Managing Trauma in Children

We often think that life and the world are solid, but trauma comes in when we least expect it. I’ve spent most of my work with trauma and its impact. Trauma can arise from miscarriages,  birth, bereavement, road accidents, abuse and attachment difficulties.

Children experience trauma just as much as adults but may show their grief or shock in other ways. This blog will explore what trauma means and what you can do to help your child.

What do we mean by Trauma?

In its purest sense, it’s being exposed to a life-threatening event that will activate the limbic system; this can be a crime, a road traffic incident, bereavement, and divorce. However, children can suffer trauma from repeated exposure to domestic abuse or other forms of abuse. A child will have a sense of fear, helplessness, and loss of power in the same way you would.

You may notice behaviour such as:
  • Wetting the bed
  • Aggressive behaviour
  • Clinging to you
  • Regressive behaviour
  • Not sleeping, having nightmares
  • Complain of headaches and other symptoms
  • Loss of Appetite
  • Flight into drugs and alcohol.

Many children go through a process like adults, and in time they will work it through. I know it’s hard but allow the process to unfold.

Here are some ideas to support them:

Do talk about the traumatic event and be age-appropriate; children use books, drawings, and pictures if they are very young.

Be honest and clear; children have big imaginations and may dream up all kinds of scenarios, so let them know what happened. You will probably need to talk about it over and over; it’s hard to get the balance, but take your cues from your child.

Do inform the other adults what’s happened, such as schools, clubs, and close family friends. I know one family who was so bereft no one knew, and it might have helped them in the longer term to access support. It was simply due to the trauma that it was so painful to talk about.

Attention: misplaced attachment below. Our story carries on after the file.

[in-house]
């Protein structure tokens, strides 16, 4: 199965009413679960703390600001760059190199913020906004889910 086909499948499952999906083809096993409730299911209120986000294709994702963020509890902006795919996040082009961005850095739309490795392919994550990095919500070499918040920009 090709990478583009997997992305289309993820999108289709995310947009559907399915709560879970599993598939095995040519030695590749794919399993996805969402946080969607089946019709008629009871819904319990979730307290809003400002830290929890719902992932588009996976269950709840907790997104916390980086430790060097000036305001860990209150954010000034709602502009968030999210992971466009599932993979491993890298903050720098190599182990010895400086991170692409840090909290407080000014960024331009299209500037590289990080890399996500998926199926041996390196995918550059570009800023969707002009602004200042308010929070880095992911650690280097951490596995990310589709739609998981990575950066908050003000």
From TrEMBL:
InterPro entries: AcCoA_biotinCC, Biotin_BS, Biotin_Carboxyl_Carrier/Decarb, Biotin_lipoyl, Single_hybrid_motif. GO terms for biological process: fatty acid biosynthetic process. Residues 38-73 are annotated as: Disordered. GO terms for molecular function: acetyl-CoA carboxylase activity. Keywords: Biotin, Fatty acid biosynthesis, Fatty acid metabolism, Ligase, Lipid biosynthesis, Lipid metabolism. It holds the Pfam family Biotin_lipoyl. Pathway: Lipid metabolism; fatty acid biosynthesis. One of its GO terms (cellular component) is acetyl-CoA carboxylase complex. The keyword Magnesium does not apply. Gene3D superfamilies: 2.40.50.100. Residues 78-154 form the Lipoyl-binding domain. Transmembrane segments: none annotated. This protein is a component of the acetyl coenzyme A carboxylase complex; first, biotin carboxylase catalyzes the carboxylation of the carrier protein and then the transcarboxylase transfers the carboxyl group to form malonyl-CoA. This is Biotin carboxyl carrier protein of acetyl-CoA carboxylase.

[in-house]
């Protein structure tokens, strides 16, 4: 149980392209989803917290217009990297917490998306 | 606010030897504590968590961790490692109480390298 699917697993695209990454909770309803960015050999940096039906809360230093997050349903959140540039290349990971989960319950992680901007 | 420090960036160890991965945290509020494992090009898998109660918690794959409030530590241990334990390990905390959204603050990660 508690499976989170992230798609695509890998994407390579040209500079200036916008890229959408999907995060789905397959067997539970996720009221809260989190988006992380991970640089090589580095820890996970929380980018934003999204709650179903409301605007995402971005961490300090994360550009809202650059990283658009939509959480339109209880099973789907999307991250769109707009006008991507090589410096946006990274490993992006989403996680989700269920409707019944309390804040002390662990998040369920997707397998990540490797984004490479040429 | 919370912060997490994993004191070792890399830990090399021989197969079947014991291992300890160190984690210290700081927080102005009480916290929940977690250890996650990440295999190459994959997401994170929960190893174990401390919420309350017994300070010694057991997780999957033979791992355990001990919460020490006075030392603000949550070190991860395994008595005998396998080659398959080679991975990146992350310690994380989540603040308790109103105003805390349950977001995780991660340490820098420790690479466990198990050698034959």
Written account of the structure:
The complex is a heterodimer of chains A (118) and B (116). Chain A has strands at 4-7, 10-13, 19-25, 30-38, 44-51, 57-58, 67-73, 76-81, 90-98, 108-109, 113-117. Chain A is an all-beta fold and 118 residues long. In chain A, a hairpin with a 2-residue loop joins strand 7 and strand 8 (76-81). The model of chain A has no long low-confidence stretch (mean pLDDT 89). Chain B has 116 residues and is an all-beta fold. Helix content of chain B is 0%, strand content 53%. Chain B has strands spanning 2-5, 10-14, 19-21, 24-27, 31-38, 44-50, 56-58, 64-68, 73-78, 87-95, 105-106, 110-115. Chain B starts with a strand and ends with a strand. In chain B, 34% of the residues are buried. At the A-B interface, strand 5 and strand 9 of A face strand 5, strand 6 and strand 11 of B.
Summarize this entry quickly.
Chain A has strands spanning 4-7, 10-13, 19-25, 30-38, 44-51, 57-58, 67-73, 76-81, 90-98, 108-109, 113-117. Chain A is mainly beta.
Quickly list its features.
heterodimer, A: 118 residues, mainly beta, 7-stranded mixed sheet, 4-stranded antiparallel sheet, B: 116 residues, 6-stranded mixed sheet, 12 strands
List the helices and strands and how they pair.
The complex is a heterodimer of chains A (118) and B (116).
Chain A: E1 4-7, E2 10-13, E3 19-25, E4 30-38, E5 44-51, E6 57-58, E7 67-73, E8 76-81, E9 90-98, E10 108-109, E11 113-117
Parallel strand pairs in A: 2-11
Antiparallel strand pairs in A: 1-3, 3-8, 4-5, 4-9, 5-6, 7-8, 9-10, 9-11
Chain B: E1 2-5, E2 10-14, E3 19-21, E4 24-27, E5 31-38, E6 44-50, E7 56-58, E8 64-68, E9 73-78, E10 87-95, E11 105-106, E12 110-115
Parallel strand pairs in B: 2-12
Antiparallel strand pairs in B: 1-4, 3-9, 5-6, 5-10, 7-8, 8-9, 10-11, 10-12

Don’t minimize their feelings; acknowledge and accept their feelings, even if it may be painful for you too.

Do many self-soothing activities that calm the stress system, such as massage, baths, play, relaxation, and mindfulness.

Divorce is another loss, so accept that your child may have complicated feelings about this. It can take up to two years to process a divorce.

Don’t make them take sides, and ensure the children stay in touch with extended family members.

For older children, keep a journal, buy them a diary, and encourage them to write and draw their feelings. Creative therapies can help everyone to express how they feel.

Be available; you may need to take some time off, do keep life as normal as possible, so having consistency and routines will help.

Sometimes normal processes become stuck, and your child may have enduring and persistent worries; this is not normal; your child may suffer from PTSD. The Royal College of Psychiatry doesn’t advocate a PTSD diagnosis for children under the age of 7.

What to look out for:

  • Persistent symptoms of stress
  • Does your child have persistent flashbacks?
  • Do they look like they are reliving the event
  • Do they avoid certain TV programmes?
  • Are they not able to get on with everyday life such as school, friendships, clubs etc
  • Are they using drugs and alcohol to manage their distress excessively

Do seek help; sometimes, children not only express their feeling but can also express it for the whole family. Some parents may not have processed their trauma, so attending therapy for the first time where these issues are brought up can be alarming, unexpected and sometimes distressing.

I have included the link here for the Royal College of Psychiatry,

They have some suggestions of organizations that may help; I hope it helps, and you are welcome to contact me for individual and family counselling if you would like me to support you and your family through trauma. With Love Catherine

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